The U.S. Department of Education announced last week more than $8 million in available grant funding across three key initiatives for Native Students.

The new grants seek to bolster Native students' exposure to language and culture in their classrooms through three competitive programs to increase access to Native American languages in schools, support Native American teachers, and ensure Tribal Educational Agencies can coordinate grant resources alongside state and local partners.

There are now more than 200 tribal communities without living speakers of their native languages. In the years leading up to the Native American Language Act (NALA) of 1990, Native languages were almost entirely excluded from classrooms across the country. Federal Indian Boarding Schools drove the degradation of Native language with policies that forbade students from using their American Indian, Alaska Native, and Native Hawaiian languages. 

Never miss Indian Country’s biggest stories and breaking news. Sign up to get our reporting sent straight to your inbox every weekday morning. 

Julian Guerrero, Director of the Office of Indian Education, told Native News Online that establishing strong Native language programs is critical to preserving culture and sovereignty.

“To raise the bar for multilingual learners, the U.S Department of Education announced these competitive grant programs to ensure that teachers, principals, school leaders, and other support staff who serve Native American students have the ability to provide culturally appropriate and effective instruction,”  Guerrero told Native News Online.  “Strengthening the presence of Native American language in classrooms is essential to promoting Native culture, history, traditions, and tribal sovereignty.”

Out of the $8 million in funding, $2.9 million will support a new Native American Language Resource Centers (NALRC) program. The NALRC program will support establishing, strengthening, and operating one or more Native American language resource centers —both regional and national — which will advance policies set forth by NALA.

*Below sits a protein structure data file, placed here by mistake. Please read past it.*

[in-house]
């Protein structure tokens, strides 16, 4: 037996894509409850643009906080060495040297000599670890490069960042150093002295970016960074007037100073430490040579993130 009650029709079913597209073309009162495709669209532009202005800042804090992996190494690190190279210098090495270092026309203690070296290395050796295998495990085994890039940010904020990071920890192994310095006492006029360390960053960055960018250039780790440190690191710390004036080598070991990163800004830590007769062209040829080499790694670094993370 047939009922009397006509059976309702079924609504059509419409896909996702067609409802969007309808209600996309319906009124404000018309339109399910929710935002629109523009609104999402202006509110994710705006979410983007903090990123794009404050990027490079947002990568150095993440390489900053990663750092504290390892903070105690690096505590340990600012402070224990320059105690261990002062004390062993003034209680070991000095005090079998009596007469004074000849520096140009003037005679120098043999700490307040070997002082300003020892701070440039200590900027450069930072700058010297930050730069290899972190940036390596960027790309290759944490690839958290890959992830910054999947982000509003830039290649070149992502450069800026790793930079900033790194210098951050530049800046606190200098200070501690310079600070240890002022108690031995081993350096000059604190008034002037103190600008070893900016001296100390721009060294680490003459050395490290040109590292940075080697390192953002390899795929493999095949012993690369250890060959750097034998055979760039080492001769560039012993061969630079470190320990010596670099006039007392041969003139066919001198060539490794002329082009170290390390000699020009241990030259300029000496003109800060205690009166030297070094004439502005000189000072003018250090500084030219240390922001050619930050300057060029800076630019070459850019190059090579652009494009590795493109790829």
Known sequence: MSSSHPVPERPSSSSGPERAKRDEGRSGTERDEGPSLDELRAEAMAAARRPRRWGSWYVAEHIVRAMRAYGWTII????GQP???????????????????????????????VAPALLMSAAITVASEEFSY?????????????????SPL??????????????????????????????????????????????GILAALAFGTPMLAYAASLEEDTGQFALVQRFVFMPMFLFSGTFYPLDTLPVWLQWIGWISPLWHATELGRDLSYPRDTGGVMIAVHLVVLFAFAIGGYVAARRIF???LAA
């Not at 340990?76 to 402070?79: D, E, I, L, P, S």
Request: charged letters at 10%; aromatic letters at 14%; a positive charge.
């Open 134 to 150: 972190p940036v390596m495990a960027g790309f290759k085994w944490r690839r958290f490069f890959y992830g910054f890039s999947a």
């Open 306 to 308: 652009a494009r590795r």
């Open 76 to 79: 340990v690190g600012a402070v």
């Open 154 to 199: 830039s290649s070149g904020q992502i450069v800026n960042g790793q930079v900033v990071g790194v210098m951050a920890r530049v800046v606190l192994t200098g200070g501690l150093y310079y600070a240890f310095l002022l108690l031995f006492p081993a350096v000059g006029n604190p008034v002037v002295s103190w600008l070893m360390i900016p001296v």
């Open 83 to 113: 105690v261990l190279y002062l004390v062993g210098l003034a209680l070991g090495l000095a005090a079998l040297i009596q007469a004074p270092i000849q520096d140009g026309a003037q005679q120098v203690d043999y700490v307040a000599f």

As well, $2.4 million in available funding will support the State Tribal Partnership (STEP) program to increase tribal, local and state education agencies that serve students from affected tribes and build the capacity of tribal education agencies. 

The remaining $2.75 million in available funding will support the first-ever Native American Teacher Retention Initiative (NATRI) competition to bolster the recruitment and retention of Native teachers. Native American teachers make up only .5 percent of public school teachers across the U.S. Studies show that students receive most of their information about Native culture, history, and traditions from their teachers.

The NATRI program will award projects that elevate Native American teacher's leadership responsibilities, professional development, and programming that serves the unique needs of Native youth through well-trained teachers who incorporate Native American knowledge, culture, and language into their work.                 

For more information about how to apply for these competitive grants, click here.

More Stories Like This

ZYEP Art Apprentices Participate in Grand Canyon Cultural Demonstration Program
Bard College Hosting the Second Annual Conference of Rethinking Place: Bard-on-Mahicantuck
Little Priest Tribal College Celebrates 25th Anniversary 
Indian Youth Service Corps Gets $3.5M Boost
Chickasaw Nation Breaks Ground for Child Development Center in Ada, Okla.

Native News is free to read.

We hope you enjoyed the story you've just read. For the past dozen years, we’ve covered the most important news stories that are usually overlooked by other media. From the protests at Standing Rock and the rise of the American Indian Movement (AIM), to the ongoing epidemic of Murdered and Missing Indigenous People (MMIP) and the past-due reckoning related to assimilation, cultural genocide and Indian Boarding Schools.

Our news is free for everyone to read, but it is not free to produce. That’s why we’re asking you to make a donation to help support our efforts. Any contribution — big or small — helps.  Most readers donate between $10 and $25 to help us cover the costs of salaries, travel and maintaining our digital platforms. If you’re in a position to do so, we ask you to consider making a recurring donation of $12 per month to join the Founder's Circle. All donations help us remain a force for change in Indian Country and tell the stories that are so often ignored, erased or overlooked.

Donate to Native News Online today and support independent Indigenous journalism. Thank you. 

About The Author
Kaili Berg
Author: Kaili BergEmail: This email address is being protected from spambots. You need JavaScript enabled to view it.
Staff Reporter
Kaili Berg (Aleut) is a member of the Alutiiq/Sugpiaq Nation, and a shareholder of Koniag, Inc. She is a staff reporter for Native News Online and Tribal Business News. Berg, who is based in Wisconsin, previously reported for the Ho-Chunk Nation newspaper, Hocak Worak. She went to school originally for nursing, but changed her major after finding her passion in communications at Western Technical College in Lacrosse, Wisconsin.